These pets dine out on traditional pets

Courtney, Connor and Leah Becroft and one of the family pets, a python named Mindi.

MICE and rabbits can be cute pets, but they are pet food for Colac district’s Becroft family.

Cororooke’s Jason and Joanne Becroft and their children Courtney, Connor and Leah have two olive pythons and a diamond python.

Mr Becroft said the care of pythons varied depending on the species and size.

“In captivity, they eat once every 10 days as a rule but it depends on the animal and size of its feed,” he said.

“Some eat small feeds like mice and others eat larger feeds such as rabbits.”

Little Leah Becroft enjoys a snake snuggle.

Mr Becroft said people interested in owning a python should research what type they wanted to buy.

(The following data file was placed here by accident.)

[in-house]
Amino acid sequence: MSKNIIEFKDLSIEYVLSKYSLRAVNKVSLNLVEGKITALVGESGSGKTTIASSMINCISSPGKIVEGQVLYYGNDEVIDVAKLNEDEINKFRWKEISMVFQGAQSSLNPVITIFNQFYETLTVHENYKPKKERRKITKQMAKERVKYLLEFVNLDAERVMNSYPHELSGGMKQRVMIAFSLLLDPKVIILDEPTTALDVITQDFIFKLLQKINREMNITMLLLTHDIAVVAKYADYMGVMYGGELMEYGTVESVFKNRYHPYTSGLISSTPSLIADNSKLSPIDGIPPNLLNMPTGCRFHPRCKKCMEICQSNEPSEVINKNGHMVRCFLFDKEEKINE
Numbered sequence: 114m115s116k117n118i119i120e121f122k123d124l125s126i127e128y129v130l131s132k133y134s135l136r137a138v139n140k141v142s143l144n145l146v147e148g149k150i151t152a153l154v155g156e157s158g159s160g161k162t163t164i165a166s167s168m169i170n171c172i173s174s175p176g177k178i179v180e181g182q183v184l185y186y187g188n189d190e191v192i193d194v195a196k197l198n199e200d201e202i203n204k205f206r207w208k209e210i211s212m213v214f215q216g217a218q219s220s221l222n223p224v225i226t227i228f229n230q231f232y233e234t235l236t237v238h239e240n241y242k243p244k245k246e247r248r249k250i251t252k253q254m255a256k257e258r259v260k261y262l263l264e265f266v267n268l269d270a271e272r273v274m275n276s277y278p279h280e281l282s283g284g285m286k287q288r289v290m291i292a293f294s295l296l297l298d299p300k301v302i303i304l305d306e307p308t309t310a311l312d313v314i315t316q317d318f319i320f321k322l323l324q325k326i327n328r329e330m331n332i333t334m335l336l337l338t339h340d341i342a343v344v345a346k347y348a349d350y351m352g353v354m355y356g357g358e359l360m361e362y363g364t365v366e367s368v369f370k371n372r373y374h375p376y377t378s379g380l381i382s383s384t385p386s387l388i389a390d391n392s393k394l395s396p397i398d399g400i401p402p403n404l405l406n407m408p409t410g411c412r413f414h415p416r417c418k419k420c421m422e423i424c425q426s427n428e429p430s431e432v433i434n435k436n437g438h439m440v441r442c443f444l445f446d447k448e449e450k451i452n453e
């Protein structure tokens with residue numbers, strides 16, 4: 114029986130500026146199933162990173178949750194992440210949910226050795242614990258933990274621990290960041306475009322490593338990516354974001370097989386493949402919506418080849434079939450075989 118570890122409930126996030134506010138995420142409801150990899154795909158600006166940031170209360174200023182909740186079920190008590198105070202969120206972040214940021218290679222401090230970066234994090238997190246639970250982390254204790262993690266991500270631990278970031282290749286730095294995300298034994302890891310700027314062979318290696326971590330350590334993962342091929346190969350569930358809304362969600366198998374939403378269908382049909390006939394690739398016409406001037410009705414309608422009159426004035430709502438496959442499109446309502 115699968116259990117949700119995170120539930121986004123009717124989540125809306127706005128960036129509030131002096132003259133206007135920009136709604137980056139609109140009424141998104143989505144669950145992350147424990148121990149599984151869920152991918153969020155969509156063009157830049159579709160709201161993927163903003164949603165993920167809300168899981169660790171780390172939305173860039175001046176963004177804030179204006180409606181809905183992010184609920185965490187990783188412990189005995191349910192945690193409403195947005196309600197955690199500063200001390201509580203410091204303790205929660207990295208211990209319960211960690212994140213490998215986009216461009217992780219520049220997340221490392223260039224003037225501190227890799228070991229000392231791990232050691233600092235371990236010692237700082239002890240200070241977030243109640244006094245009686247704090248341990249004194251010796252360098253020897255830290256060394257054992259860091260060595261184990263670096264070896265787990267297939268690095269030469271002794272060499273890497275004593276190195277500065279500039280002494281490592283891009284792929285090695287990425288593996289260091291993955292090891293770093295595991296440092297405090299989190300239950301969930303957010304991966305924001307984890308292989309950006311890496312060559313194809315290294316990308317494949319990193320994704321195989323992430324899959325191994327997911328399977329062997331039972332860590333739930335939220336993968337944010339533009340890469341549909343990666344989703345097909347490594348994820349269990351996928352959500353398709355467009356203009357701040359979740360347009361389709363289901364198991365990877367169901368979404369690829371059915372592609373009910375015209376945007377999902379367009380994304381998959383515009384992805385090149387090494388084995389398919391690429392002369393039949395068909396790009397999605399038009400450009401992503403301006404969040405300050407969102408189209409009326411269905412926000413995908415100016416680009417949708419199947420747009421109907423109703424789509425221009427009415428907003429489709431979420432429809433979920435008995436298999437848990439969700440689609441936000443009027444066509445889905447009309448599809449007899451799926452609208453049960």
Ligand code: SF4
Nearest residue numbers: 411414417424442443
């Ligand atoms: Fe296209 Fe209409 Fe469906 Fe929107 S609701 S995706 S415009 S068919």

“Like most animals, some sort of background knowledge is a must,” he said.

“They are technically wildlife, not domestic pets.

“Get a wildlife licence from DSE and then set up an enclosure.”

Pythons need a heated enclosure and water and there are species that like to climb tree branches.

“I have both a diamond python who love climbing on anything and also a pair of olive pythons which prefer to stay on the ground,” Mr Becroft said.

He said people asked how dangerous pythons could be.

“I love this question, I hear it all the time and to it I say this ‘does a dog bite?’ ‘does a cat bite?’ ‘does a horse bite?’,” he said.

“Some are bad-tempered and bad-natured and will bite 90 per cent of the time such as scrub pythons and then there are others like Murray Darlings that hardly ever bite at all.”

“But in saying that there are the exceptions.

“Personal experience I have found if you start with a quite young python and handle it as often as possible you will have a pet just like my pair of olives that can be handled by my seven-year-old daughter.”

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